When I walked into Bunjilaka on the ground floor of the museum, I was quickly disorientated. There were none of those sign-posted pathways holding the hand of every entrant like a doting nanny. I welcomed this disorientation and felt free to start anywhere I thought appropriate. I quickly came across a black hearse with the Aboriginal flag painted on the front door. The hearse was bought and used by the displaced indigenous population to take their dead back to their respective sacred burial grounds sometimes hundreds or even thousands of miles away. This black, 60’s style sedan’s meaning was supported by more traditional ways of burial and treatment of the deceased in the traditional glass case or wall hanging format. It was very helpful to have that conceptualization of the traditional and modern side by side. This setting was able to tell a more rounded story of an indigenous issue without relegating it to the exhibition style of long gone cultures and societies. The latter style provides the false redemptive feeling of the present time and situation and imprisons the evils done to a time that is no more.

Another interesting area was about the collectors of Aboriginal artefacts during the late 19th and early 20th centuries. The centre re-appropriated the glass case and put a statue of a well known collector and curator named Spencer inside on display. There were several information plaques of other collectors also inside this long glass case with some of their collections. The artefacts and tools were then not objects of a past and primitive society but collections of a past/present and powerful collecting society. The glass case was not a display of an Aboriginal culture but a display of what was taken by a colonizing culture. This was no subtle manoeuvre on the part of the exhibitors. Anybody walking past would get this idea because of a wonderful quote by a Tasmanian Aboriginal group etched on the glass which basically stated the concern of cultural appropriation into static glass cases (unfortunately I cannot remember the exact quote and would not do it justice by trying to paraphrase it).

Another interesting twist to this particular piece of the exhibit is a rather hidden plaque around and behind this glass case. It was a plaque about the trading of culture; how collectors of one ‘primitive society’ traded with other collectors of another. It was not the plaque that was the most interesting twist, but the fact that the spectator had to physically go behind the huge glass case and virtually put him/herself on display for the people walking on the other side partially dissected by the many collected spears in the case.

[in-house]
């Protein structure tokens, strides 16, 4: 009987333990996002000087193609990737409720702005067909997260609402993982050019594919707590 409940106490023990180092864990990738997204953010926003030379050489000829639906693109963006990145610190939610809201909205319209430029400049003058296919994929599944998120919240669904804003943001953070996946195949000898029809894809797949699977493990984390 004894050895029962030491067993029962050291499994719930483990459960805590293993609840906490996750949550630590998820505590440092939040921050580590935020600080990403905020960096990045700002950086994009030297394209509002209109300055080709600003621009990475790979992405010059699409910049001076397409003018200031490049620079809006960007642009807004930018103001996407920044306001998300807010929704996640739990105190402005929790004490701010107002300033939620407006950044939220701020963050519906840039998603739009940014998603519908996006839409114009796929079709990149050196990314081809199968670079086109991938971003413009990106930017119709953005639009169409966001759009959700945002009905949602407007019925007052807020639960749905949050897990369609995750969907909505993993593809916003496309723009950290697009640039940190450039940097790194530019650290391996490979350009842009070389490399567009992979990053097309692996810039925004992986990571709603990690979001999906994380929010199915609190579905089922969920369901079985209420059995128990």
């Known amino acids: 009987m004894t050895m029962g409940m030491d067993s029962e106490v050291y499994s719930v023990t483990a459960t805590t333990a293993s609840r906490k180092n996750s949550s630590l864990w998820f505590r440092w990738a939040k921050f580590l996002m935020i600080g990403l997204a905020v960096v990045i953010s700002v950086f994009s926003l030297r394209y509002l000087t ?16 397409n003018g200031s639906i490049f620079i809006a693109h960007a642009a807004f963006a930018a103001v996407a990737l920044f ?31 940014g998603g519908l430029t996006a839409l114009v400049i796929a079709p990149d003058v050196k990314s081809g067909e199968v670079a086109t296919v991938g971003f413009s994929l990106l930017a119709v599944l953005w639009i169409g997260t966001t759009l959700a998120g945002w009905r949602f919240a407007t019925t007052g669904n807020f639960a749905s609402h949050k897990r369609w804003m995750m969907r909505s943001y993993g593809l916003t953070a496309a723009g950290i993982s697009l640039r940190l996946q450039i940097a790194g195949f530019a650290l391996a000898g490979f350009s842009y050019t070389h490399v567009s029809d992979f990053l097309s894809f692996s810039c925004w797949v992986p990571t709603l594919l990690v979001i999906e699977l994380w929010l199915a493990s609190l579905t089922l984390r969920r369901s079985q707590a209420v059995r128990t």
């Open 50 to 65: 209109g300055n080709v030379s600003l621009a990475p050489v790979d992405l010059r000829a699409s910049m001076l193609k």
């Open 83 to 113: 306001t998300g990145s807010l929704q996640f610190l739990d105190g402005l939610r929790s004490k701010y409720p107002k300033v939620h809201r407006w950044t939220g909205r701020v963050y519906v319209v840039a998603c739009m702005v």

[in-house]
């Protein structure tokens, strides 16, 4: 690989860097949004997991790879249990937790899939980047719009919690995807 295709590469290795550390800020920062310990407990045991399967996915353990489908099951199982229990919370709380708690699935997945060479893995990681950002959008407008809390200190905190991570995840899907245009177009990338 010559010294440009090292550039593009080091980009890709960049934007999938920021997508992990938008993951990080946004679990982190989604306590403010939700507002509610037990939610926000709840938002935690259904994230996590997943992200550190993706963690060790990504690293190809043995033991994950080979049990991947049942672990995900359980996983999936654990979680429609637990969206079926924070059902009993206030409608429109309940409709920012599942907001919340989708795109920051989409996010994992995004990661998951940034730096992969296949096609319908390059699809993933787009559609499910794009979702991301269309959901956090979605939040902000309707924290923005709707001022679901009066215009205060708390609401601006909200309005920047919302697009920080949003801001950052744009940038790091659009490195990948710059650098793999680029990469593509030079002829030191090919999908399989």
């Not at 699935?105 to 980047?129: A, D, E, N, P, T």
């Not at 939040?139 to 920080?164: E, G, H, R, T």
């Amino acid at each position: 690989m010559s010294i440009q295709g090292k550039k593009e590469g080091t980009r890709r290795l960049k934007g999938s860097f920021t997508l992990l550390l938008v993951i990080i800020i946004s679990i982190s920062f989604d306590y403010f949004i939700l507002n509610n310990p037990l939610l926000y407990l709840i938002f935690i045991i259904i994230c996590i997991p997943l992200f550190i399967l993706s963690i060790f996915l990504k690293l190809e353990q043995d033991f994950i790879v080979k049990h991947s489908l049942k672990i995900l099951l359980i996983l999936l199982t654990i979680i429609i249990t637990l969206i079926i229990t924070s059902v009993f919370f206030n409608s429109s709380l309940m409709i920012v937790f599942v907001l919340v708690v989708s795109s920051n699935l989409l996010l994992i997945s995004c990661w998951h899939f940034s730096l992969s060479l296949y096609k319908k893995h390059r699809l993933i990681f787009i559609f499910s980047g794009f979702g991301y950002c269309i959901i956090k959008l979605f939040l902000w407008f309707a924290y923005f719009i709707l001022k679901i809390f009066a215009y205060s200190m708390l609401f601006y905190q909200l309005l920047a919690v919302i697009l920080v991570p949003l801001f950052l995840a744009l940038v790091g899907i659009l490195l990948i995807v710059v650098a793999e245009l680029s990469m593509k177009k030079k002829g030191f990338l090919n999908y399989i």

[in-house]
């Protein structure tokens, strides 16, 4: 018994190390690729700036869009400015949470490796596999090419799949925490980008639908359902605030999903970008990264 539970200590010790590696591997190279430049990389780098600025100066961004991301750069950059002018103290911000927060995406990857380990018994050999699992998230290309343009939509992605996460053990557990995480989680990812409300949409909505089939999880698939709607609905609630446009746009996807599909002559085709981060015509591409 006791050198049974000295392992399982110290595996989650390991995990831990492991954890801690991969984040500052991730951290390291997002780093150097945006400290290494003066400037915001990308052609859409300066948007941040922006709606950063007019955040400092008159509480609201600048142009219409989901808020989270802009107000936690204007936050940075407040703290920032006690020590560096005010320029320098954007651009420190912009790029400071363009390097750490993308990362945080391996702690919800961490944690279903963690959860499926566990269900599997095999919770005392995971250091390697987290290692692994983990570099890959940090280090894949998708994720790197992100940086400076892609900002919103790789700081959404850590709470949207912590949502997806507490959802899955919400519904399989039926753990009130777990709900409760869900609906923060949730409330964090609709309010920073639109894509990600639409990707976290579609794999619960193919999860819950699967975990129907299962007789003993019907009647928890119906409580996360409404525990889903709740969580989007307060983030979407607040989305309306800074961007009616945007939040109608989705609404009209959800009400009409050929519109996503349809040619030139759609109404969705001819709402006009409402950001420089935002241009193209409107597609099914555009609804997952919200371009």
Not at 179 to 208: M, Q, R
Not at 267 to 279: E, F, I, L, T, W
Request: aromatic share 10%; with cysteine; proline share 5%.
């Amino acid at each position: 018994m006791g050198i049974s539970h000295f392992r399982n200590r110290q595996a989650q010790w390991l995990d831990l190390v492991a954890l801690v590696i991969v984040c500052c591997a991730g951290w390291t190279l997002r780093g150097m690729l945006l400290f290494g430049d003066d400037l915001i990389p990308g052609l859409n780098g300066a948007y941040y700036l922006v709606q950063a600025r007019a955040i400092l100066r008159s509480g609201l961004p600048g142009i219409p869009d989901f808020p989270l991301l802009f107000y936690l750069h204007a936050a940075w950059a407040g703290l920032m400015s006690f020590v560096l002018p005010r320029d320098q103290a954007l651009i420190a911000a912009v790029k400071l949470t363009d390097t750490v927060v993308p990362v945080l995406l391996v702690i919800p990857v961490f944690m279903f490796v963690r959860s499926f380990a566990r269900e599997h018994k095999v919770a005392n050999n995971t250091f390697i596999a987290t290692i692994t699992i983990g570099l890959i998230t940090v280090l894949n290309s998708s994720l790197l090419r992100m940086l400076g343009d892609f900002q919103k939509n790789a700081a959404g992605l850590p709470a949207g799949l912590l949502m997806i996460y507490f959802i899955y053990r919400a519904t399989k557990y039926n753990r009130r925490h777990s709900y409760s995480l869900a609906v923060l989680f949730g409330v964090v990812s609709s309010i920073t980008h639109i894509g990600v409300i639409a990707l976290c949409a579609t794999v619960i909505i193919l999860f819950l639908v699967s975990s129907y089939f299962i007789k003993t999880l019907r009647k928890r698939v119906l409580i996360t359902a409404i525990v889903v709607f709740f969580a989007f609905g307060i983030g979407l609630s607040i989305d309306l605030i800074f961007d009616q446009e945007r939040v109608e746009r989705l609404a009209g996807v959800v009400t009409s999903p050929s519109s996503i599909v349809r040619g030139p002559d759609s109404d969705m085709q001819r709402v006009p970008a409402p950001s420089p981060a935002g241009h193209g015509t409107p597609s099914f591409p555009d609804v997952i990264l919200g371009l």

I left Bunjilaka feeling much more aware of the past and current issues and even geography of Aboriginal life (I am not Australian and am lacking certain insights on these issues). I was literally put face to face with hundreds of Aboriginal faces and voices throughout my walk. I also walked out of the museum feeling more comforted that I could still learn something connecting the past to the present and being thrown out of that comfort zone for about an hour. Bunjilaka problematizes the museum into a self-criticizing exercise. James Clifford, a noted ethnographer and cultural critic, said museums "are way stations rather than final destinations." I believe this is a great way to look at museums, not as a place displaying a collection out of context and as long dead, but as something incomplete and challenging the spectator and curators to reflect on the problems inherit in museums and the life it attempts to represent.

© Brian Wood October 2002
Brian R Wood Australia